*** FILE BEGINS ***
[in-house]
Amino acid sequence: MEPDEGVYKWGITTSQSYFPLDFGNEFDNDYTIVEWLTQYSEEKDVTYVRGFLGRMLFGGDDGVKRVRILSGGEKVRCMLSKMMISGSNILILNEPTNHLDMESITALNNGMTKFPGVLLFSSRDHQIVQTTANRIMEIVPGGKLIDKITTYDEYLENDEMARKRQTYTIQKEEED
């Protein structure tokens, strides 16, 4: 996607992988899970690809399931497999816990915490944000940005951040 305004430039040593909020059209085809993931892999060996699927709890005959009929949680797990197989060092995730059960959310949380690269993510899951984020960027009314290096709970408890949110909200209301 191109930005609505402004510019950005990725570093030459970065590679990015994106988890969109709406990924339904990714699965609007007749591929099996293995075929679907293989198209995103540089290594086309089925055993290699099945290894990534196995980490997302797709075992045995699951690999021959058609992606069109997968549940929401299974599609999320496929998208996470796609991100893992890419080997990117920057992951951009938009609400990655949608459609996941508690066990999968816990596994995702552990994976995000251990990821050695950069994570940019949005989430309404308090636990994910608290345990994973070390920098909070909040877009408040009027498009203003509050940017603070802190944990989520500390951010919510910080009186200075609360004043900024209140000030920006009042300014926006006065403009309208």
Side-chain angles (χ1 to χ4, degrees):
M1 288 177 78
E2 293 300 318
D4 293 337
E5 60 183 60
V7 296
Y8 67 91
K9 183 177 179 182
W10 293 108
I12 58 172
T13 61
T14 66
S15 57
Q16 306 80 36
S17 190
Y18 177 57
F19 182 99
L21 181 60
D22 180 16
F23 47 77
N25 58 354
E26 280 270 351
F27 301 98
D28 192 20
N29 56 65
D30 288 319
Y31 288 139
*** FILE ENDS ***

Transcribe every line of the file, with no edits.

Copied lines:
[in-house]
Amino acid sequence: MEPDEGVYKWGITTSQSYFPLDFGNEFDNDYTIVEWLTQYSEEKDVTYVRGFLGRMLFGGDDGVKRVRILSGGEKVRCMLSKMMISGSNILILNEPTNHLDMESITALNNGMTKFPGVLLFSSRDHQIVQTTANRIMEIVPGGKLIDKITTYDEYLENDEMARKRQTYTIQKEEED
């Protein structure tokens, strides 16, 4: 996607992988899970690809399931497999816990915490944000940005951040 305004430039040593909020059209085809993931892999060996699927709890005959009929949680797990197989060092995730059960959310949380690269993510899951984020960027009314290096709970408890949110909200209301 191109930005609505402004510019950005990725570093030459970065590679990015994106988890969109709406990924339904990714699965609007007749591929099996293995075929679907293989198209995103540089290594086309089925055993290699099945290894990534196995980490997302797709075992045995699951690999021959058609992606069109997968549940929401299974599609999320496929998208996470796609991100893992890419080997990117920057992951951009938009609400990655949608459609996941508690066990999968816990596994995702552990994976995000251990990821050695950069994570940019949005989430309404308090636990994910608290345990994973070390920098909070909040877009408040009027498009203003509050940017603070802190944990989520500390951010919510910080009186200075609360004043900024209140000030920006009042300014926006006065403009309208």
Side-chain angles (χ1 to χ4, degrees):
M1 288 177 78
E2 293 300 318
D4 293 337
E5 60 183 60
V7 296
Y8 67 91
K9 183 177 179 182
W10 293 108
I12 58 172
T13 61
T14 66
S15 57
Q16 306 80 36
S17 190
Y18 177 57
F19 182 99
L21 181 60
D22 180 16
F23 47 77
N25 58 354
E26 280 270 351
F27 301 98
D28 192 20
N29 56 65
D30 288 319
Y31 288 139